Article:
Adaptive Learning Technology

Garrett Bozylinsky, Chief Information Officer, Eastern Connecticut State University
Garrett Bozylinsky, Chief Information Officer, Eastern Connecticut State University

Garrett Bozylinsky, Chief Information Officer, Eastern Connecticut State University

When I was in grade school in the 1960s, I learned to convert fractions into decimals.  The examples in the text book were baseball batting averages.  Being an avid baseball fan, I took to the lesson like a duck to water, and began calculating batting averages for me and all my friends as we played together.  To this day, I know that 1/7 is .143, and I’ve often amazed people that I know instantly many fractions to three decimal places.  I wonder, however, for those students who did not follow baseball, if this arithmetic lesson was drudgery?  Would examples in their area of interest have produced a better understanding of the lesson?

One of my colleagues, a Southerner born and bred,once shared with me that while he was studying economics at Michigan as an undergraduate, he had a perfect score on a microeconomics exam except for one question that he left blank.    He told me his economics professor asked him, “John, why did you leave that question blank?”  John told me the question was “what is the effect on the supply of bagels if the price of lox goes down?”  John explained, “I had no idea what a lox was and how it could have anything to do with a bagel.  Now if the question had been about chitlins or boudin or ambrosia, I would have been able to answer.”  How many students don’t ‘get’ examples or cultural references in lectures or exams?

Context – so important for learning.  Many students are dutiful, and spend the time necessary to understand material regardless of whether it seems relevant to them.  Many give up, however, or, as in the second example, just don’t understand the reference.  More importantly, how much better a learning environment for all students if they can be presented with examples and context that are meaningful and interesting to them.  Learning takes place more easily and remains longer (as in the case of me learning batting averages from fractions) if the learning can be placed in a context that’s of interest and relevance to the student.

​ This flexibility and the ability of a good adaptive learning technology environment to also be always available and ever patient makes this technology a potential “game-changer” as a tool to assist faculty by enhancing the learning environment and help students be more successful

Imagine if a student could select the context for practicing their lessons in which examples and problems would be delivered.  What if a student could select environmental examples, or urban, or rural, or health-related, or education-related, or social – depending on their interest and background.  While a faculty member can provide a varietyof examples, s/he is limited by time and personal experience in what to share with students.

That’s where adaptive learning technology comes into play.  This instructional technology has the potential to become the “killer app” in the learning environment.  More importantly, this technology has the potential to engage students in ways not possible by a single faculty member or even a team of faculty. Examples and exercises in the student’s area of interest can engage the student and make the material more relevant.  For example, are some students most interested in the medical perspective of biology or the environmental, or the animal, or the behavioral?  This technology does not replace faculty, but enhances their practice set environment.  While most applicable in STEM (Science, Technology, Engineering and Mathematics) subjects, this learning technology can conceivably be used for any discipline.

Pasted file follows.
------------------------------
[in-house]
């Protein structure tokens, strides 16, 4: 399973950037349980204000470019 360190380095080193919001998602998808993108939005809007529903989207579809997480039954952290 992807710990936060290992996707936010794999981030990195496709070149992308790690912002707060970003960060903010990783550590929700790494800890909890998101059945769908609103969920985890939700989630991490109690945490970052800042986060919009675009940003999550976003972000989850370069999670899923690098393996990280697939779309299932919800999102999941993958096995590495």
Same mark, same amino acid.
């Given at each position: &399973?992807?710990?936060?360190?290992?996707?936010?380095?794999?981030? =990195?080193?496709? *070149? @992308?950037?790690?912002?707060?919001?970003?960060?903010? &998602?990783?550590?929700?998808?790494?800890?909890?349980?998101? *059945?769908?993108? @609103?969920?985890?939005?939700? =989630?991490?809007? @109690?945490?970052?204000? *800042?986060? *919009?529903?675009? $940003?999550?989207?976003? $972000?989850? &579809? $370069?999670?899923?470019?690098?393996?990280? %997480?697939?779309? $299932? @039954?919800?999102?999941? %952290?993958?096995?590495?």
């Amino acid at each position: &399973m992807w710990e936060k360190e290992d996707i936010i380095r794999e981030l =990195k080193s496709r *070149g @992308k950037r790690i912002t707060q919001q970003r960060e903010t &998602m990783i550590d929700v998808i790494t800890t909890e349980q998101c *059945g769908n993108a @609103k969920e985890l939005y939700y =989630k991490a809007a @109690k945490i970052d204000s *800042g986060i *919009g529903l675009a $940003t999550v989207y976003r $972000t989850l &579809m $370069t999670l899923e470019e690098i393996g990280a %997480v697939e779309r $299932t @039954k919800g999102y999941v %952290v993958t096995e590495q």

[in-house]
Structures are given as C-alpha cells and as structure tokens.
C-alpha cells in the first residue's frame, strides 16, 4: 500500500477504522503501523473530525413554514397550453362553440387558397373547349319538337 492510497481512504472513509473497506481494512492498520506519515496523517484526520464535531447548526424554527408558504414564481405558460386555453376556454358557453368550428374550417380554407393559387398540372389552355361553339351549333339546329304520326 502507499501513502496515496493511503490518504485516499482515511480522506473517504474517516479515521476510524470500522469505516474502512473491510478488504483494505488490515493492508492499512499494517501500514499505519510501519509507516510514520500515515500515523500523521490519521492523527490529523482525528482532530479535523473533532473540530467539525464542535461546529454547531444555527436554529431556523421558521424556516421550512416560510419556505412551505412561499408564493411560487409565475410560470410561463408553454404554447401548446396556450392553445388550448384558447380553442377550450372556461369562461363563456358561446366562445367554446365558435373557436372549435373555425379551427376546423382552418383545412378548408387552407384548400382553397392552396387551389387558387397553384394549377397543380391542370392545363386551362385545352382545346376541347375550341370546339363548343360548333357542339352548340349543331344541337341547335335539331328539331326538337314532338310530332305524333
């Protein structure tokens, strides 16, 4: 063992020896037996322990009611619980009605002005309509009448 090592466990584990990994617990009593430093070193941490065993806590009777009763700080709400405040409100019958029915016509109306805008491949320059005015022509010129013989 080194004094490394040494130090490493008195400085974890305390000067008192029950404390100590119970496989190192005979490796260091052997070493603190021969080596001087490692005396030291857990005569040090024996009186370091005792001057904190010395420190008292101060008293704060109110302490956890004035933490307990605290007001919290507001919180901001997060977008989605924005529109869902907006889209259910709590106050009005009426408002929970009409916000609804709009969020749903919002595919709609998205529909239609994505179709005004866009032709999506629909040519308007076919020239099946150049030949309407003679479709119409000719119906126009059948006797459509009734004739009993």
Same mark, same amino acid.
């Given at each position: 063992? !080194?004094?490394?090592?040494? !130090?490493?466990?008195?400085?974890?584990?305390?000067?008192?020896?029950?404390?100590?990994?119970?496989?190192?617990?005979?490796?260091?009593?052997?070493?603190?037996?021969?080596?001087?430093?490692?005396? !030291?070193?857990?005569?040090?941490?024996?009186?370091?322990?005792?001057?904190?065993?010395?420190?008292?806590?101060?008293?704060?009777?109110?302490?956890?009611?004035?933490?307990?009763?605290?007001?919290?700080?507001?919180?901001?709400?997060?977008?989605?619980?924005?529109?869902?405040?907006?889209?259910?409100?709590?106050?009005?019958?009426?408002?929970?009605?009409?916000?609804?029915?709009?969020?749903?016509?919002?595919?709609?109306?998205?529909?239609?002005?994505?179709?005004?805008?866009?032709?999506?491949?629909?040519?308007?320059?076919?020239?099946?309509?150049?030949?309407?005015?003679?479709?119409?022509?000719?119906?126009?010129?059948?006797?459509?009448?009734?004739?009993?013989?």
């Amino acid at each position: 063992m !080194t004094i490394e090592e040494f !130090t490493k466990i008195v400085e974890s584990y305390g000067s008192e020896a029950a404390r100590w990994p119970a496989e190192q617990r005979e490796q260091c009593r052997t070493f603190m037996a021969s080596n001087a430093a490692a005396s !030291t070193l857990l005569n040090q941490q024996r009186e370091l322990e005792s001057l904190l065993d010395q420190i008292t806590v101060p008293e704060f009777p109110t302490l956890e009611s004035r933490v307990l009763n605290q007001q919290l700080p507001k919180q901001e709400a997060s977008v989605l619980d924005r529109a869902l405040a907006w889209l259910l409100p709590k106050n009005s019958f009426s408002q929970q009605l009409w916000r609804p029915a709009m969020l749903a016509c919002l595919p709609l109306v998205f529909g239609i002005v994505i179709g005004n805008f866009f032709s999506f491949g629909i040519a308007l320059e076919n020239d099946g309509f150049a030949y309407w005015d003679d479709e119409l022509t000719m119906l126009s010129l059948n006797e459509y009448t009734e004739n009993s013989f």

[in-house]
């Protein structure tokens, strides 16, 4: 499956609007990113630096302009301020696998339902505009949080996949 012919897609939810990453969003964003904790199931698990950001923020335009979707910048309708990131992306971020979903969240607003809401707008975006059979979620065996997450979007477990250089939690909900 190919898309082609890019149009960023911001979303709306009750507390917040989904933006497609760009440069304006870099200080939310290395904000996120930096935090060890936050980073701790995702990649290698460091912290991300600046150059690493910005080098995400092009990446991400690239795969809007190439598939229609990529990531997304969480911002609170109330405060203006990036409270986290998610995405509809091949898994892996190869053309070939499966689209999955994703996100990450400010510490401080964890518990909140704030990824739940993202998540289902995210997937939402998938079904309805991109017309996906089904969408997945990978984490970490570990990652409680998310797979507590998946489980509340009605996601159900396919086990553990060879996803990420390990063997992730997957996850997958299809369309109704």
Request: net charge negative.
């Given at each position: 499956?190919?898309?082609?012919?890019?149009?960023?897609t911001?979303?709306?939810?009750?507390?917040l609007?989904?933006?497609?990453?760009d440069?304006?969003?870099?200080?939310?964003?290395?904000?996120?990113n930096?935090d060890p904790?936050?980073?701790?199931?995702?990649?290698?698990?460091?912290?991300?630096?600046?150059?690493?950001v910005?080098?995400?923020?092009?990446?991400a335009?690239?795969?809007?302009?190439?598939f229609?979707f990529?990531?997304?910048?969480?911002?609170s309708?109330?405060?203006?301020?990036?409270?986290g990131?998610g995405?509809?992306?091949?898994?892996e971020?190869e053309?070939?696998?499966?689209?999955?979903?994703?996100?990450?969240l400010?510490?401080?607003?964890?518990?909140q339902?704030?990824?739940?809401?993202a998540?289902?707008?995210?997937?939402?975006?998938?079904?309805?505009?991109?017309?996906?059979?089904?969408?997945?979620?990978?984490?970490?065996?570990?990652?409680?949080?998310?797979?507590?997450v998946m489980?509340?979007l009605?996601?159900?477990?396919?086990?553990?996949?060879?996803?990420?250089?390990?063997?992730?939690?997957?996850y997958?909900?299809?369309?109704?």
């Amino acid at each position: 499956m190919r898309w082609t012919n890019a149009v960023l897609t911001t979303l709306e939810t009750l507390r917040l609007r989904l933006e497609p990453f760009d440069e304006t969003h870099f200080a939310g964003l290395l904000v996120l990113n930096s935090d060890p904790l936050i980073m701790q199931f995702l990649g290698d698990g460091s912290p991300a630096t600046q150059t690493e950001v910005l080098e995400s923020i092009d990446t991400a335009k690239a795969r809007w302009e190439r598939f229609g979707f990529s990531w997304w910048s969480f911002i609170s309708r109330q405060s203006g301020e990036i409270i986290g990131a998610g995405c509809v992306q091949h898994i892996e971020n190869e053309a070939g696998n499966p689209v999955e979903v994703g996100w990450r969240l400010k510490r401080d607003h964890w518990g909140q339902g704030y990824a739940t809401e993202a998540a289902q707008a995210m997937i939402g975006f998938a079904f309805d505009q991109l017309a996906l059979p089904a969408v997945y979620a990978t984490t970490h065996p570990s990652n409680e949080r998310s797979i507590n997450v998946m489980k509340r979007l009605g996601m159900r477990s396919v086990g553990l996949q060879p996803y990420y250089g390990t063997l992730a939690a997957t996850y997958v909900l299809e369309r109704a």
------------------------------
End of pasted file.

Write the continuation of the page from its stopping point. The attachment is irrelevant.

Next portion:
Even in the humanities, the technology could presentseveral different perspectives: historical, political, economic, philosophical, or social, as well as the various interpretations that could not all be included by the professor.

Of course, context is only one possible dimension.  Some students thrive not only with different examples and contexts, but some need more or less practice than others to master a skill or understand a concept.  The beauty of learning technology is that a student can repeat exercises until they get it.  This flexibility and the ability of a good adaptive learning technology environment to also always be available and ever patient makes this technology a potential “game-changer” as a tool to assist faculty by enhancing the learning environment and help students be more successful.

At Eastern, faculty are already experimenting with and exploring adaptive learning software that begins to address this type of instructional technology.  All of it is very much in its infancy at the moment.  The higher educationtechnology association, EduCause, has an entire initiative on Teaching and Learning with a section on adaptive teaching and learning.  EduCause reports that adaptive learning are already experimenting increasingly across disciplines. As might be expected, most textbook publishers are also experimenting with this type of learning technology.  When the technology matures enough to be generally available and powerful, it will have an enormous impact on teaching and learning.

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